Celebrating Seniors – Neil Diamond Turns 75 1of2
Neil Diamond, Part 1 of 2: 1941-1973
Vintage Neil Diamond music videos to celebrate his 75th birthday – Cherry, Cherry, Solitary Man, Brother Love’s Traveling Salvation Show, Sweet Caroline, Holly Holy, Cracklin’ Rosie, I am…I Said, Song Sung Blue
Septuagenarian senior citizen, musician and singer-songwriter Neil Diamond was born on January 24, 1941 in Brooklyn, New York. Although he was not chums with classmate Barbra Streisand at Erasmus Hall High School, he was a member of the Freshman Chorus and Choral Club. He switched to Abraham Lincoln High School when his family moved, and had success on his high school fencing team. While attending summer camp, then 16-year-old Diamond was inspired after a concert by Pete Seeger, the legendary folk singer, to write songs. Guitar lessons and songwriting efforts upon return from camp were almost eclipsed by poetry he wrote to attract girls, and the success he enjoyed on his high school fencing team at Abraham Lincoln High School.
Neil Diamond told the Daily Mail in 2011 that he wrote a song for Jaye Posner, a fellow high school student; they began dating before he started pre-med studies at New York University in the fall of 1958. Diamond was at NYI courtesy of a fencing scholarship, and made the NCAA men’s championship fencing team in 1960. He dropped out of university in the spring of his senior year (1962), when the lure of music and songwriting proved too strong and he was offered a 4-month contract by Sunbeam Music Publishing to write songs.
He got a recording contract in early 1963 for Columbia Records (Photo: Parade.com) and that spring at the age of 22, got married to girlfriend Jaye Posner, who was now a schoolteacher.
His 2005 biography Neil Diamond: His Life, His Music, His Passion by Laura Jackson, details his struggle to achieve success in the music business.
In 1965 his songs were starting to be recorded by other artists, and Jaye and Neil Diamond’s daughter Marjorie was born that September. By the end of that year Neil had written 3 songs that would become big hits for him – Cherry, Cherry; Solitary Man, and I Got The Feeling (Oh No No).
He signed to Bang Records in 1966 and his first big hit single that year was Cherry, Cherry (1966), which made it to #6 (and in 1971, again charted at #31) on the Billboard Hot 100. Below, Neil Diamond singing Cherry, Cherry and Solitary Man live on Dick Clark’s American Bandstand, on location in 1966:
Baby boomers caught on to Neil Diamond’s music and more Top 40 hits followed, including Girl, You’ll Be a Woman Soon (1967), Thank The Lord for the Night Time (1967), Kentucky Woman (1967), and the semi-autobiographical Shilo (1968), and others. Ironically, his first #1 hit was a song he wrote for The Monkees – I’m a Believer (1966). Despite his shyness and lack of confidence in his stage presence, Diamond began touring and performing extensively. Diamond has said that the lengthy absences from his home and his family in New York caused his marriage to disintegrate (although not before he and Jaye had a second daughter, Elyn).
By mid-1968, Neil Diamond was undergoing a bitter break-up with Bang Records and was separated from Jaye. He’d also met TV production assistant Marcia Murphey that year, and decided to move to California to make a fresh start with a new personal relationship and new record company in Uni Records. His music career began to soar, with 3 Top 30 songs alone in 1969 – Brother Love’s Traveling Salvation Show, Sweet Caroline, and Holly Holy.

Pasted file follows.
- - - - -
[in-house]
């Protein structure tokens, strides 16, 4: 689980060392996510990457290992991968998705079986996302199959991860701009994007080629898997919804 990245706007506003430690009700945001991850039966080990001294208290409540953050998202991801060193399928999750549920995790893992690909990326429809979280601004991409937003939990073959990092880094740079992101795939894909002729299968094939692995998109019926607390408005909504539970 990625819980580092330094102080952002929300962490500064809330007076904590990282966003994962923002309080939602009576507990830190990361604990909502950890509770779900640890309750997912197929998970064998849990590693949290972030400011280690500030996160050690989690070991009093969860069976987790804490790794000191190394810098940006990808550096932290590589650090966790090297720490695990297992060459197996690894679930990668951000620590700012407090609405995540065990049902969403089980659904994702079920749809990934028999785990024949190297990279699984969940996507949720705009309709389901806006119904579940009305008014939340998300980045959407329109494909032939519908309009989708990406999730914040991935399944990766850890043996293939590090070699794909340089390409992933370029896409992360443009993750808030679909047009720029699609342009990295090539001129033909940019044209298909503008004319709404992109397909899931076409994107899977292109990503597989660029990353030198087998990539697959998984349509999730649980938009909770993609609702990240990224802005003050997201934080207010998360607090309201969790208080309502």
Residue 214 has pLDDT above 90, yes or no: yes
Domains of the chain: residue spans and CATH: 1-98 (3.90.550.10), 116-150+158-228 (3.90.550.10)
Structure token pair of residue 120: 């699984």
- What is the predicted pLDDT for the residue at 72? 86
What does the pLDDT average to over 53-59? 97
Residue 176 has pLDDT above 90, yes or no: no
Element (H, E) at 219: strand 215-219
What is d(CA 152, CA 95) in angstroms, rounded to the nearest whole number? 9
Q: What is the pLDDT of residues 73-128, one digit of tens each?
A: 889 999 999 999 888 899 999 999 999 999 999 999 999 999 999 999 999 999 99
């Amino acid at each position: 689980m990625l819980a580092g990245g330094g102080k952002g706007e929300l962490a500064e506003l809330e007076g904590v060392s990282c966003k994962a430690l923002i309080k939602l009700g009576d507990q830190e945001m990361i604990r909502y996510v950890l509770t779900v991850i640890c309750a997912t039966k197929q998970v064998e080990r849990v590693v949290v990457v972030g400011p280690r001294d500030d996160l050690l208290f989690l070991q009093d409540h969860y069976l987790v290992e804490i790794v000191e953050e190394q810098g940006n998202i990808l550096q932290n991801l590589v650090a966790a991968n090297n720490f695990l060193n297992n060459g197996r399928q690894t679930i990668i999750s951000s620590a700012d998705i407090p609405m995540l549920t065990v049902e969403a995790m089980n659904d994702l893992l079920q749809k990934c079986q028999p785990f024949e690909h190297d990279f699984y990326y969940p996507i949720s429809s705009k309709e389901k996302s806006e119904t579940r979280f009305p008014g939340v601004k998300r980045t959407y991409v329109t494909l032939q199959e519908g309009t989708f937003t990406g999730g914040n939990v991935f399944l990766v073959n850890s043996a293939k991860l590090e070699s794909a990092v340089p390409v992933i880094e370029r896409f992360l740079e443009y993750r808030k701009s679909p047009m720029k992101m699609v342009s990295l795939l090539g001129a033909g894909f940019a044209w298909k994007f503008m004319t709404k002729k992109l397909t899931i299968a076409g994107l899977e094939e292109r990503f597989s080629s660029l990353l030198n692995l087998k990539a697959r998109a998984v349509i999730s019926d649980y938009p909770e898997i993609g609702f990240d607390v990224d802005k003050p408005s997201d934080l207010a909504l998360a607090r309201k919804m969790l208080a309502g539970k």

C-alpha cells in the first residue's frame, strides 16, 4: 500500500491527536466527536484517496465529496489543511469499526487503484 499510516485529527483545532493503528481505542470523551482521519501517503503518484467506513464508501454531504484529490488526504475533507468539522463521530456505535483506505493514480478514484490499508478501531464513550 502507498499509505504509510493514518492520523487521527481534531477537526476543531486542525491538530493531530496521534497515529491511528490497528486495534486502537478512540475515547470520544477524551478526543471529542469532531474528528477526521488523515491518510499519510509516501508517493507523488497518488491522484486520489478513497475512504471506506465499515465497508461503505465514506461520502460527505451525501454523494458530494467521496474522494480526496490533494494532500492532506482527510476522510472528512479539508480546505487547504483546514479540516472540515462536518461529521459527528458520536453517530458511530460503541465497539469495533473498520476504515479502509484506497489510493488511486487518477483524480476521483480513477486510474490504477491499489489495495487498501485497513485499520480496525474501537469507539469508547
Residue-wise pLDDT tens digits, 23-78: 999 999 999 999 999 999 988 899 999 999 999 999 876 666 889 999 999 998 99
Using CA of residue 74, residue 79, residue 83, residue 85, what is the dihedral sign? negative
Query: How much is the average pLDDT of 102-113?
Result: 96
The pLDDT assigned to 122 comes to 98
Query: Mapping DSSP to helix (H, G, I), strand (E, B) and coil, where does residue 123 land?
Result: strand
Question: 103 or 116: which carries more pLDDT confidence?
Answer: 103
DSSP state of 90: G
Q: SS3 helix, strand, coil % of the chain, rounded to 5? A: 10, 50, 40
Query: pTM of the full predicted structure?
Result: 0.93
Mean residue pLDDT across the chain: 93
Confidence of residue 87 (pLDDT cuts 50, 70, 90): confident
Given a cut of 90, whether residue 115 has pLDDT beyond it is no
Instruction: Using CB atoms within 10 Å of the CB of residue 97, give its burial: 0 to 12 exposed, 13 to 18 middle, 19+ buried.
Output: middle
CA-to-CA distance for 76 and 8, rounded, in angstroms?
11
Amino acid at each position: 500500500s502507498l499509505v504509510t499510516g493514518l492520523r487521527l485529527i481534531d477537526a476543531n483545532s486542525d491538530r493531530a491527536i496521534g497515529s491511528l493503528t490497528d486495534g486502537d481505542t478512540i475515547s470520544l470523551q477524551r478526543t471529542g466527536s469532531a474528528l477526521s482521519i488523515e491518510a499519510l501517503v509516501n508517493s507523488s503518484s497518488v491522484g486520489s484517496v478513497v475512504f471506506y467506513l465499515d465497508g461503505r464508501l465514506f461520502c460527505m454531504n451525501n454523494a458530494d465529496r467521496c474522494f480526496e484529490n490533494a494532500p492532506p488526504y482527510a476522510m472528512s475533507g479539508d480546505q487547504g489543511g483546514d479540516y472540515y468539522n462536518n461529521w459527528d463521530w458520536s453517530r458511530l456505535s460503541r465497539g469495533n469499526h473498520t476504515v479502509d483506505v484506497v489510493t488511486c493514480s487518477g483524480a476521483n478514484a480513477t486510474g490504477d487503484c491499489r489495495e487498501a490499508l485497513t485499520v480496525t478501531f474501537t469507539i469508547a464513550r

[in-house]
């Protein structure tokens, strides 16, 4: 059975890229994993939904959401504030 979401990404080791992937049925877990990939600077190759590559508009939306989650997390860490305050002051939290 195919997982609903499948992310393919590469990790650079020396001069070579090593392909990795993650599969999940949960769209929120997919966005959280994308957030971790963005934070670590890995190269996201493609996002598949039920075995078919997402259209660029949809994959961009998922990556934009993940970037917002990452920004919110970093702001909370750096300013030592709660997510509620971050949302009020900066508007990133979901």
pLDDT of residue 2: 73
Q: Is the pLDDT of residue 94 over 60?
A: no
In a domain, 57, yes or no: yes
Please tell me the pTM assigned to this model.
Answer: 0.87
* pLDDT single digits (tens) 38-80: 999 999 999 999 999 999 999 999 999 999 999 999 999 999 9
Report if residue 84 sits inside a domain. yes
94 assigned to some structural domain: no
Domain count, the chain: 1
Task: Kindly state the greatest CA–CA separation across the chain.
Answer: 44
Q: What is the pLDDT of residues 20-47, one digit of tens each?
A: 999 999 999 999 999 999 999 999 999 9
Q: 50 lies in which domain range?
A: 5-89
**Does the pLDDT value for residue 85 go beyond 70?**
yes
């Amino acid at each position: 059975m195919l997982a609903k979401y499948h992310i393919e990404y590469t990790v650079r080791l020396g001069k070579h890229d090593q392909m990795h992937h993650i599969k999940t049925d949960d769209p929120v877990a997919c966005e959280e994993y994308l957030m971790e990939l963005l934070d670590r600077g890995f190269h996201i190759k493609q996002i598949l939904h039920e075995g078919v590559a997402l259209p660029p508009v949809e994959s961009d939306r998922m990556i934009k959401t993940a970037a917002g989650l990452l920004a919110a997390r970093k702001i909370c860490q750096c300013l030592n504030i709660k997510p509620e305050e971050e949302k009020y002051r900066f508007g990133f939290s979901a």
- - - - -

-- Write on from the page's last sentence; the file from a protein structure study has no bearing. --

Below, Neil Diamond sings an acoustic version of Brother Love’s Traveling Salvation Show (1969), on The Johnny Cash Show in 1970. Brother Love’s Traveling Salvation Show made it to #22 on the Billboard Hot 100 chart.
Neil Diamond told the Daily Mail in 2014 that his influences for Sweet Caroline (1969) were his desire to write a love song for Marcia Murphey and his inability to get lyrics to rhyme with her name; and, a “sweet” photo he’d seen many years previously, of 11-year-old Caroline Kennedy (JFK’s daughter). He wrote the lyrics to Sweet Caroline in less than an hour. Below, Neil Diamond singing Sweet Caroline live on The Ed Sullivan Show in 1969 (with RMX).
Holly Holy (1969) eventually made it to #6 on the Billboard charts; below, Neil Diamond singing Holly Holy live on Music Scene in 1969.
Son Jesse Michael Diamond was born in April, 1970, the same year that Neil achieved his first #1 hit single, with Cracklin’ Rosie. Right Photo: Neil Diamond & Marcia Murphey | The Hollywood Mag
Below, Neil Diamond singing Cracklin’ Rosie live on BBC Four in 1970:
After his move to the west coast, Diamond started undergoing therapy, both of which influenced his 1971 song I Am…I Said (1971), which became a Top #5 Billboard hit. Below, Neil Diamond performing I Am…I Said in an early music video, which expresses his feelings about being “New York City born and raised, but nowadays I’m lost between two shores.”
In 1972 Neil Diamond achieved 3 Top 20 hits, including Play Me (1972) which made it to #11, and his second #1 Billboard hit single, Song Sung Blue (1972). Below, Neil Diamond singing an acoustic version of Song Sung Blue live in 1972, with a country twang:
His August 24, 1972 concert at L.A.’s Greek Theatre produced the classic Neil Diamond live double album Hot August Night (1972), taking the opening lyrics from Brother Love’s Traveling Salvation Show for the the album name. Diamond took several years off from touring in order to stay home with his family, trying to avoid the issues that ended his first marriage; and he switched music labels to Columbia Records in 1973. Neil Diamond wrote the score for the movie Jonathan Livingston Seagull (1973), and although the movie flopped, the soundtrack album won a Grammy Award for it’s score.